Soul in the Machine

I'm an electronic-folk-soul-jazz-singer, or something in between," writes Clara Hill. The German singer communicates via e-mail, but her warmth and enthusiasm shine through the text.

Hill's most recent album, All I Can Provide (released on Jazzanova's imprint Sonar Kollektiv near the end of last year), is a delight. It finds her singing over tracks provided by a stellar lineup of producers, including Georg Levin, Atjazz, and King Britt. She calls these collaborations "meetings," a moment when like-minded people create evocative art.

All I Can Provide, Hill says, "speaks one musical language and has one aim: brilliant productions/beautiful arrangements and compositions/versatile musical öcolors' to turn out clearer messages."


Clara Hill

Clara Hill first performs on Wednesday, March 21, at the Jazzanova vs. Bugz in the Attic party at SOBE Live, 1203 Washington Ave, Miami Beach. Hours are 10:00 p.m. to 5:00 a.m. Tickets are $20 ($10 with WMC badge) and are available at the door. Call 305-695-2820.

She also performs on Friday, March 23, at Art of Seduction 3 at the Hotel Victor, 1144 Ocean Dr, Miami Beach. Others on the bill include King Britt, Vikter Duplaix, and Donnie. Hours are 9:00 p.m. to 2:00 a.m. Admission is free, but requires an RSVP to

Whether "meeting" with producer Volker Meitz on the soft disco-house of "Run," or lightly riffing the words "It's all for you" on the slow-burning ballad "Endlessly," she remains emotionally open, showing you her soul through the music.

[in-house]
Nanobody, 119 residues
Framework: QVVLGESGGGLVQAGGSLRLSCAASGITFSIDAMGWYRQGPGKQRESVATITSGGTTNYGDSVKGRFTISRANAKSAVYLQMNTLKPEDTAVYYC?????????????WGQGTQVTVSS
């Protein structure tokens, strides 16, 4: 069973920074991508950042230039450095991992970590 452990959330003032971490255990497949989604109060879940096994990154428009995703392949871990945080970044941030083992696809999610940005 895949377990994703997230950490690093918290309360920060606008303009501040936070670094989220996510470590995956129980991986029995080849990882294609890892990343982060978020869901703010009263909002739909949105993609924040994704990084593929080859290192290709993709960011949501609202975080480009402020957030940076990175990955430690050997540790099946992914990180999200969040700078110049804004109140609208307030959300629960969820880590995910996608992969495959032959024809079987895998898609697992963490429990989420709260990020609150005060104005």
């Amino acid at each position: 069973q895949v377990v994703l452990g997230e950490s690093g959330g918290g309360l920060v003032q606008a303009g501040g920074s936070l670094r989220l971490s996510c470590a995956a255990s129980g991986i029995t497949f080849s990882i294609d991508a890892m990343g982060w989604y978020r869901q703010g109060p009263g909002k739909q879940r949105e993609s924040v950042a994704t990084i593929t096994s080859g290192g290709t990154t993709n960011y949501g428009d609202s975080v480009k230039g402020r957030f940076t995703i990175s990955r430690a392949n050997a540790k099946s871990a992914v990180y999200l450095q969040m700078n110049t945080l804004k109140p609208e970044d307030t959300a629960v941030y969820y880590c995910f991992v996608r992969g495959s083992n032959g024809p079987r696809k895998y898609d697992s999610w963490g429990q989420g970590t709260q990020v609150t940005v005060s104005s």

"Woke up today, wishing you were here with me/Missing the way you touch me everywhere/I need your kisses and your embrace/In your arms is where I want to be," she sings to Vikter Duplaix on the sensuous broken beat jam "Paper Chase." "The first time [I heard] Vikter's voice — I think I was 21 years old — I had this magical feeling," she says. "And finally when we worked together, my fascination was still there."

Jazzanova introduced Hill to the world on the group's 2002 album, In Between; she sang on the disc's best song, the lovely "No Use." Subsequent tracks with Levin and others, along with a solo debut —Restless Times in 2004 — marked her as a broken beat house diva. But Hill eschews being pigeonholed.

"On one side you can have öcold' electronic productions with warm, soulful singers, and on the other side you could also have warm soul productions with öcold' singers who are not really able to feel the vibe of soul," she explains. "Everything is possible."

For her next album, Hill plans to delve into folk music and explore her inner Nick Drake. "My last year was a reflecting year and I had to put it all into new songs; new songs with guitars. It will be a folky one ... just direct and touching."


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